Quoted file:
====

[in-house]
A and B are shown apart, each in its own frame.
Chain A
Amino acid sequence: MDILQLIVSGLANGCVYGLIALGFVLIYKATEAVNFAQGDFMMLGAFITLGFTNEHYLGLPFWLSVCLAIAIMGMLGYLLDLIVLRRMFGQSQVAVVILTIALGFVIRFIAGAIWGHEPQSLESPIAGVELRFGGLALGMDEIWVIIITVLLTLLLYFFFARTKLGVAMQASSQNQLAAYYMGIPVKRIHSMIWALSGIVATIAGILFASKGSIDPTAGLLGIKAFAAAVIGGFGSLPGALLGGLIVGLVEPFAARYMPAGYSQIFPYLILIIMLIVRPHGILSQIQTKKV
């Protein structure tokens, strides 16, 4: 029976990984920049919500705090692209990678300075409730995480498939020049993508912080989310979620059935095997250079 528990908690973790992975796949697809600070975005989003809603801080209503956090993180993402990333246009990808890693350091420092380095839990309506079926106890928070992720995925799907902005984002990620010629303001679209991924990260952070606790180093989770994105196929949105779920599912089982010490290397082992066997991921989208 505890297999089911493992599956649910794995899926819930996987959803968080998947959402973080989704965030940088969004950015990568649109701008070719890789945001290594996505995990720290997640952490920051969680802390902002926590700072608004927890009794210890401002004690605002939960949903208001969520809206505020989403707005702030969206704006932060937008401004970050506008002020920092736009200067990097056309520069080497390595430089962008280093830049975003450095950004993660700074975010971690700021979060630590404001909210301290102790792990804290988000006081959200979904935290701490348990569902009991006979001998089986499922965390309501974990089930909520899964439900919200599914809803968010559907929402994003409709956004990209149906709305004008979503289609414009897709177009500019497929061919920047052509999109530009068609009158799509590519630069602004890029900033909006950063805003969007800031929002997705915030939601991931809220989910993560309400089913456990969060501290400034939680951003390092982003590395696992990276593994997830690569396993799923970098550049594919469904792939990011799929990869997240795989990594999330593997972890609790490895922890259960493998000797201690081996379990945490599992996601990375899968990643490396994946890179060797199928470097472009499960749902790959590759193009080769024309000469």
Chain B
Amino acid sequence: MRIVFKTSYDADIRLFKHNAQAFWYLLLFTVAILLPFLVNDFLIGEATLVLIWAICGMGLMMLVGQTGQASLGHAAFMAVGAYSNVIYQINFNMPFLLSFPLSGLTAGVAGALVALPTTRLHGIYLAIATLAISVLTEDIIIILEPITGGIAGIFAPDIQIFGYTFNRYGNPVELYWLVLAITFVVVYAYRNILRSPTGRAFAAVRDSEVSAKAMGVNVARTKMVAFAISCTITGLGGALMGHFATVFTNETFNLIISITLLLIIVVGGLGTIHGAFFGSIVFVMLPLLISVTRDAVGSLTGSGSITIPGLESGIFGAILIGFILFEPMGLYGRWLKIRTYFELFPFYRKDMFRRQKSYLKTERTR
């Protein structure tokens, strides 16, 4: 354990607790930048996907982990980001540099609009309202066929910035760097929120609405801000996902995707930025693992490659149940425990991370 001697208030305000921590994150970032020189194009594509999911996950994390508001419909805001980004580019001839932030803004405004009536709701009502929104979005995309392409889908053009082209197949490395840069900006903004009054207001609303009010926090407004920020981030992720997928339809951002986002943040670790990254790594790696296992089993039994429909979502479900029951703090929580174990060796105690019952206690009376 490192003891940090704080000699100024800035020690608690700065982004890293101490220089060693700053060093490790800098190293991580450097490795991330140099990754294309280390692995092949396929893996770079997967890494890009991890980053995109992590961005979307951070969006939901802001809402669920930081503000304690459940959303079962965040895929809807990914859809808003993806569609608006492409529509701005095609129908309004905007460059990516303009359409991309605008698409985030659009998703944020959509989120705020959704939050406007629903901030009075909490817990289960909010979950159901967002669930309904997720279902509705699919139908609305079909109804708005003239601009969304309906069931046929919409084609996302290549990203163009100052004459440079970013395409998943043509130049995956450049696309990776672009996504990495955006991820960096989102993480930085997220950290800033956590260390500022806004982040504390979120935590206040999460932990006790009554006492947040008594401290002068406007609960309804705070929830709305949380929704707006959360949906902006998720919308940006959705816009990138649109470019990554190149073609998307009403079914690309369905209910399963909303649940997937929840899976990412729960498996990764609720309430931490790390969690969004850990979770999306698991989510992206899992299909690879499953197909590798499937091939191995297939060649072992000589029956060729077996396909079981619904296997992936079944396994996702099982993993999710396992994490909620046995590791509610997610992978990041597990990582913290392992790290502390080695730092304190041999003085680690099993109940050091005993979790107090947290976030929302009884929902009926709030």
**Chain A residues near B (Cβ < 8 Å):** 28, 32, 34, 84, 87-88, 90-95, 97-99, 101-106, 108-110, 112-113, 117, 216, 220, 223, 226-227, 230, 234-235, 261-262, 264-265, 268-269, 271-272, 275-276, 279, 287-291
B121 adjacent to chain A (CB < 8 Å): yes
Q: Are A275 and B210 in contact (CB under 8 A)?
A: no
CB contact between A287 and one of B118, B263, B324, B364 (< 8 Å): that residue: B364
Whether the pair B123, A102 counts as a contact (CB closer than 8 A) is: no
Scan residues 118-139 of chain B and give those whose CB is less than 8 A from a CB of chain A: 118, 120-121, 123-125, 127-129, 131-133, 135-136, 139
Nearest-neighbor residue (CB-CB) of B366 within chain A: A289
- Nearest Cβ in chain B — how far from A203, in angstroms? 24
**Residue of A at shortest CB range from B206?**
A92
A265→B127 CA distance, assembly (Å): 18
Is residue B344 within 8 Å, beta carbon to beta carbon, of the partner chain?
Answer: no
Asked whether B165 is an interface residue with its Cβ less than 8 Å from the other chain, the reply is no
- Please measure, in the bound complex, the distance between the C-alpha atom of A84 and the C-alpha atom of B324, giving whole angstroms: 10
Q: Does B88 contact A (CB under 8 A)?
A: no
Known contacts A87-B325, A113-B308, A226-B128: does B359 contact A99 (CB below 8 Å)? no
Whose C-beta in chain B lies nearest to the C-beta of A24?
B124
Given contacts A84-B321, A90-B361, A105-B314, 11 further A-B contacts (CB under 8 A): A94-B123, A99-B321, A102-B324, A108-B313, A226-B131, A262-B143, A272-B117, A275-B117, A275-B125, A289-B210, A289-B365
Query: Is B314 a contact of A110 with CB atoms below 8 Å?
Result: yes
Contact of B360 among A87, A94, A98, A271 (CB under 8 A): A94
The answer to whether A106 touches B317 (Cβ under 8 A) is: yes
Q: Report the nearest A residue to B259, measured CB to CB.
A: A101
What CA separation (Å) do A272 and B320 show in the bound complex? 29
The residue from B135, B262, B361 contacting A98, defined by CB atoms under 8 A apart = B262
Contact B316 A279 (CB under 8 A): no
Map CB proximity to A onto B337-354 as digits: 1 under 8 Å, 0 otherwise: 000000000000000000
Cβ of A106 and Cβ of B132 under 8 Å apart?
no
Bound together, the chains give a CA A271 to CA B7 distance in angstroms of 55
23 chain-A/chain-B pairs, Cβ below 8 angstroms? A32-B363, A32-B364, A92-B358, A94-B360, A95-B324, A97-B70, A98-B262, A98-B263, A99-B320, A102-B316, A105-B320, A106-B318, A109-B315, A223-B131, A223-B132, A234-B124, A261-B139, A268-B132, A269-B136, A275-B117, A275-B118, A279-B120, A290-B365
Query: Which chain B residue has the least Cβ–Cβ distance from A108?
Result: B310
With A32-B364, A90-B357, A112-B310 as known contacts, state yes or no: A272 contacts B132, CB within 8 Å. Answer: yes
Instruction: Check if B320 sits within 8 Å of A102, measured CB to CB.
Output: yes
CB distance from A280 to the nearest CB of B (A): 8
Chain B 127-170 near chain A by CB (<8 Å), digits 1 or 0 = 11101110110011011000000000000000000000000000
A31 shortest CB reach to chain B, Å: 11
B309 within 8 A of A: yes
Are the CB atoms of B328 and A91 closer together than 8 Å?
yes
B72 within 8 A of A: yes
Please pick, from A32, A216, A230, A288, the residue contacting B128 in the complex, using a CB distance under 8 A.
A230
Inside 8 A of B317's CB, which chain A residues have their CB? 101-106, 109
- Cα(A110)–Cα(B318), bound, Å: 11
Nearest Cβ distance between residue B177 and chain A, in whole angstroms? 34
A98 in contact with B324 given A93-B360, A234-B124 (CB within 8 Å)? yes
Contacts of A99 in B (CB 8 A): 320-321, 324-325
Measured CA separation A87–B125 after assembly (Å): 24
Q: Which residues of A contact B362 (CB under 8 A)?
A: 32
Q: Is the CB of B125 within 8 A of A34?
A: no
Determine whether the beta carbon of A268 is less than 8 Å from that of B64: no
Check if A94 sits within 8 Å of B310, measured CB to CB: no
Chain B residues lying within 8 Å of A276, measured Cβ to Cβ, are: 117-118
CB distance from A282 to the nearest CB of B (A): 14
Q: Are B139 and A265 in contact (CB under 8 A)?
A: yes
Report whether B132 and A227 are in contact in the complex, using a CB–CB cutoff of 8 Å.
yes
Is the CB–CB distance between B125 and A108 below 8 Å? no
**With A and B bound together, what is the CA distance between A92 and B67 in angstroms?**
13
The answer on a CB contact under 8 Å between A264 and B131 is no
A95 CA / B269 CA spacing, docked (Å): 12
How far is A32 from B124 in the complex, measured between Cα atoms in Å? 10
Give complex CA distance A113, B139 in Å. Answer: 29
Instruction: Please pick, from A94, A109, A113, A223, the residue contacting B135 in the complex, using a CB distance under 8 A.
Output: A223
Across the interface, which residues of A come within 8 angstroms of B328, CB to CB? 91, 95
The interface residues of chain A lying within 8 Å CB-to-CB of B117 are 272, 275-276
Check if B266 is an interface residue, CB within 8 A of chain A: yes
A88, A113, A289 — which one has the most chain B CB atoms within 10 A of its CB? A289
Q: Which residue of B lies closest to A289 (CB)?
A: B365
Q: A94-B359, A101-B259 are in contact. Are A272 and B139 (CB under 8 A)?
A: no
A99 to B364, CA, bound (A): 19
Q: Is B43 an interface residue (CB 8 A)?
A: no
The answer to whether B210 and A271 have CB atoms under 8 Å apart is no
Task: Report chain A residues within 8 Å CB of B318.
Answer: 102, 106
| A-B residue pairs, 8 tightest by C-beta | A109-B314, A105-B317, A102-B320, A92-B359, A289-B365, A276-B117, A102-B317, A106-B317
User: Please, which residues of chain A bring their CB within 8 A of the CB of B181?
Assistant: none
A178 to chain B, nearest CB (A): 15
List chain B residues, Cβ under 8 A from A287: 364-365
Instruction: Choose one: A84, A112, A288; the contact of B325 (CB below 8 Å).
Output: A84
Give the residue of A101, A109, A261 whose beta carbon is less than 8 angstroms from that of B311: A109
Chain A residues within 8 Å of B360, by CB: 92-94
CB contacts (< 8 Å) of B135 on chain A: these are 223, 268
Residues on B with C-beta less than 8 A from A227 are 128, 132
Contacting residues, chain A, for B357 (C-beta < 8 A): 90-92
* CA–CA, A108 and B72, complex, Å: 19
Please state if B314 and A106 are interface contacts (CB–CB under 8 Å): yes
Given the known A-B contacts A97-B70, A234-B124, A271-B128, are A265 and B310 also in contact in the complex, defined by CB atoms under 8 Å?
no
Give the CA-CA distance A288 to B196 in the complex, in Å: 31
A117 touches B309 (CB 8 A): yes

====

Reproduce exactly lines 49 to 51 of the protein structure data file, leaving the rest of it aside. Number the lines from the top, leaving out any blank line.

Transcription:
Output: yes
CB distance from A280 to the nearest CB of B (A): 8
Chain B 127-170 near chain A by CB (<8 Å), digits 1 or 0 = 11101110110011011000000000000000000000000000